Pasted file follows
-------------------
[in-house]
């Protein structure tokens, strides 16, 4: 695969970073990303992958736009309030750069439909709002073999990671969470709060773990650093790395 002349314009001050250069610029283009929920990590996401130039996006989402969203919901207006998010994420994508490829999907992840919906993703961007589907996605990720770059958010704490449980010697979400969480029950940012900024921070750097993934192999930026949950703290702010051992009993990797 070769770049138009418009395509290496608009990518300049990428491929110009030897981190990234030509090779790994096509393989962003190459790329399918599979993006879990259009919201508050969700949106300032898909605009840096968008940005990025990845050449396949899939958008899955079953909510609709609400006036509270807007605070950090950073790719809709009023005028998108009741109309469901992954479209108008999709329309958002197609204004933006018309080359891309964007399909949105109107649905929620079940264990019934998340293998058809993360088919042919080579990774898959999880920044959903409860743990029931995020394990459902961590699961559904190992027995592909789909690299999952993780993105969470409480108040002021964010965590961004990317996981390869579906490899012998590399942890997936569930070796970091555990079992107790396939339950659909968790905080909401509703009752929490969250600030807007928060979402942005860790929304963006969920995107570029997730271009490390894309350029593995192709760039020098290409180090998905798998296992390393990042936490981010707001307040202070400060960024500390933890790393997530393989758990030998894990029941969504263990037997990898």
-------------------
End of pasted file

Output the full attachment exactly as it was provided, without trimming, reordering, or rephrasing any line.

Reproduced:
[in-house]
């Protein structure tokens, strides 16, 4: 695969970073990303992958736009309030750069439909709002073999990671969470709060773990650093790395 002349314009001050250069610029283009929920990590996401130039996006989402969203919901207006998010994420994508490829999907992840919906993703961007589907996605990720770059958010704490449980010697979400969480029950940012900024921070750097993934192999930026949950703290702010051992009993990797 070769770049138009418009395509290496608009990518300049990428491929110009030897981190990234030509090779790994096509393989962003190459790329399918599979993006879990259009919201508050969700949106300032898909605009840096968008940005990025990845050449396949899939958008899955079953909510609709609400006036509270807007605070950090950073790719809709009023005028998108009741109309469901992954479209108008999709329309958002197609204004933006018309080359891309964007399909949105109107649905929620079940264990019934998340293998058809993360088919042919080579990774898959999880920044959903409860743990029931995020394990459902961590699961559904190992027995592909789909690299999952993780993105969470409480108040002021964010965590961004990317996981390869579906490899012998590399942890997936569930070796970091555990079992107790396939339950659909968790905080909401509703009752929490969250600030807007928060979402942005860790929304963006969920995107570029997730271009490390894309350029593995192709760039020098290409180090998905798998296992390393990042936490981010707001307040202070400060960024500390933890790393997530393989758990030998894990029941969504263990037997990898």